Biophysical basis of the phase response curve of subthalamic neurons.
Saturday, October 13, 2012
Michael A. Farries and Charles J. Wilson J. Neurophysiol. 108:1838-1855.
Experimental evidence indicates that the response of subthalamic neurons to EPSPs is well described by their infinitesimal phase response curves (iPRC). However, the factors controlling the shape of that iPRC--and hence controlling the way subthalamic neurons respond to synaptic input--are unclear. We developed a biophysical model of subthalamic neurons to aid in the understanding of their iPRCs; this model exhibited an iPRC type common to many subthalamic cells. We devised a method for deriving its iPRC from its biophysical properties that clarifies how these different properties interact to shape the iPRC. This method revealed why the response of subthalamic neurons is well approximated by their iPRCs and how that approximation becomes less accurate under strong fluctuating input currents. It also connected iPRC structure to aspects of cellular physiology that could be estimated in simple current clamp experiments. This allowed us to directly compare the iPRC predicted by our theory to the iPRC estimated from the response to EPSPs or current pulses in individual cells. We found that theoretically predicted iPRCs agreed well with estimates derived from synaptic stimuli, but not with those estimated from the response to somatic current injection. The difference between synaptic currents and those applied experimentally at the soma may arise from differences in the dynamics of charge redistribution on the dendrites and axon. Ultimately, our approach allowed us to identify novel ways in which voltage-dependent conductances interact with AHP conductances to influence synaptic integration that will apply to a wide range of cell types.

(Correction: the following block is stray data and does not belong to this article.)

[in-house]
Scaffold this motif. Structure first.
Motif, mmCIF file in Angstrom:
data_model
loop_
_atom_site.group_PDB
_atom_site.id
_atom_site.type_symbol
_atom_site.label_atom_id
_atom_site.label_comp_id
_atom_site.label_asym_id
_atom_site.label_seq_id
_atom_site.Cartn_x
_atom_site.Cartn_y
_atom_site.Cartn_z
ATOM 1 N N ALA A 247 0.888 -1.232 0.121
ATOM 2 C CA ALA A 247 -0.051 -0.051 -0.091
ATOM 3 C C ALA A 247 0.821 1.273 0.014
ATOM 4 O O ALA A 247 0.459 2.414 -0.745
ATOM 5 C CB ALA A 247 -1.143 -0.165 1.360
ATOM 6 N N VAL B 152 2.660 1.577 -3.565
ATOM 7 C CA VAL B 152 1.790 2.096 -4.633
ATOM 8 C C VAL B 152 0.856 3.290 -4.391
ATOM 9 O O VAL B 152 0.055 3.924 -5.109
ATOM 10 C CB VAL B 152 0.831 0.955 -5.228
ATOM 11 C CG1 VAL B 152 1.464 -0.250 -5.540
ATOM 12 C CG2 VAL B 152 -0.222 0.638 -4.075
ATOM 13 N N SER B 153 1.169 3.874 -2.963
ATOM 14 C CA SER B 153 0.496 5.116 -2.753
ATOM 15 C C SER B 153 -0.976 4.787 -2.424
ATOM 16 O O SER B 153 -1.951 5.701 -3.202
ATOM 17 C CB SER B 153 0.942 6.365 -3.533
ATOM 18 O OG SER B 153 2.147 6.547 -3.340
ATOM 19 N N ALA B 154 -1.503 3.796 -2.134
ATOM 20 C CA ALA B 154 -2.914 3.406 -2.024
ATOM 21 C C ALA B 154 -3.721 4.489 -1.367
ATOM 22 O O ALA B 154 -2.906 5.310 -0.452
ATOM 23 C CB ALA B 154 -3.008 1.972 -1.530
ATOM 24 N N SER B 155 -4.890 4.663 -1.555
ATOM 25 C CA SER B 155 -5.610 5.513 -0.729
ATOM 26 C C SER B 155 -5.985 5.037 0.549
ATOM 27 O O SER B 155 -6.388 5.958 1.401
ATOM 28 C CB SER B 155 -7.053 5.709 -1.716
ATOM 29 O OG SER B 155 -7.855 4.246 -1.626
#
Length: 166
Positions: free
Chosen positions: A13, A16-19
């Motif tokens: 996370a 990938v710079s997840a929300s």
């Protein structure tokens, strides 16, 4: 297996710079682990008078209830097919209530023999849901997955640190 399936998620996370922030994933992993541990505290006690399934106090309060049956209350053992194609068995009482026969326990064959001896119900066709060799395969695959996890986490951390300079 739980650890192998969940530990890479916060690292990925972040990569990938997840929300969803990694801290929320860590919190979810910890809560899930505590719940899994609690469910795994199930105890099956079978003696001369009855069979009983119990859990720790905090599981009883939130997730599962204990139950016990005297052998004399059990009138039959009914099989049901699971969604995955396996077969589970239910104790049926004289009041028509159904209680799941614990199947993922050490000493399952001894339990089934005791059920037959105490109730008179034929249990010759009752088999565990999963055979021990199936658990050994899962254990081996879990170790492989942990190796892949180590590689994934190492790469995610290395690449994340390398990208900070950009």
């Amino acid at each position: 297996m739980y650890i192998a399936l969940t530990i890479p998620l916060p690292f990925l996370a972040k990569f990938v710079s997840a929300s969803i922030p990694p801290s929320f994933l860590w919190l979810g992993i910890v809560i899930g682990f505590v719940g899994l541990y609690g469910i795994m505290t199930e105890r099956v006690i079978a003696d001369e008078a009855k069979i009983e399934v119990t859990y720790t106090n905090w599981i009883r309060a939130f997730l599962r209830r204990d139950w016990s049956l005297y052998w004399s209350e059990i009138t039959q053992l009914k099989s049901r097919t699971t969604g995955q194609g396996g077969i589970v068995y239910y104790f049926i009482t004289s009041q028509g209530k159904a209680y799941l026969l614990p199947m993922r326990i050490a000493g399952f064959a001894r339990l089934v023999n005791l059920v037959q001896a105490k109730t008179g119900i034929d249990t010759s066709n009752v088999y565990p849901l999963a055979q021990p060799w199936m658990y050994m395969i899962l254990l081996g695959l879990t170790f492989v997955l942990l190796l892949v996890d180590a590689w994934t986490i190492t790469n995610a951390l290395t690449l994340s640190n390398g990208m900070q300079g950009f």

Figure 1. Behavior of the SK model.
A, Time course of Ca2+ sensor activation (blue trace) and active SK conductance (red trace) in relation to the action potential (black trace). B, Peak SK conductance achieved as a function of firing rate in the model. The firing rate was controlled by application of DC current (-7 pA, 16 pA, 80 pA, 160 pA, and 350 pA).
Figure 2. iPRC of the model.
A, Autonomous activity generated by the model. B, Response of the model to a synaptic current waveform (black trace). [peak current, decay t.c., EPSP ampl] The gray trace shows the membrane potential trajectory of the model in the absence of input. C, iPRC of the model. D, Detail of the iPRC at very early input phases (black curve) plotted with the membrane potential trajectory (gray trace) on the same horizontal scale. Note that the oscillation cycle begins (and ends) during the action potential's rising phase, where the rate of rise is maximal, not at the action potential peak. E, Normalized phase shift induced by brief synaptic current waveforms at very early phases. The synaptic currents decayed with time constants of 0.3 ms (blue circles) and 0.15 ms (red circles). [EPSP ampl, peak current] The black curve shows the iPRC. F, Threshold of the first poststimulus spike relative to the threshold of spontaneous spikes, plotted as a function of input phase. Gray circles denote trials on which the spike was triggered less than 10 ms after EPSP onset, before the synaptic current waveform had decayed to zero.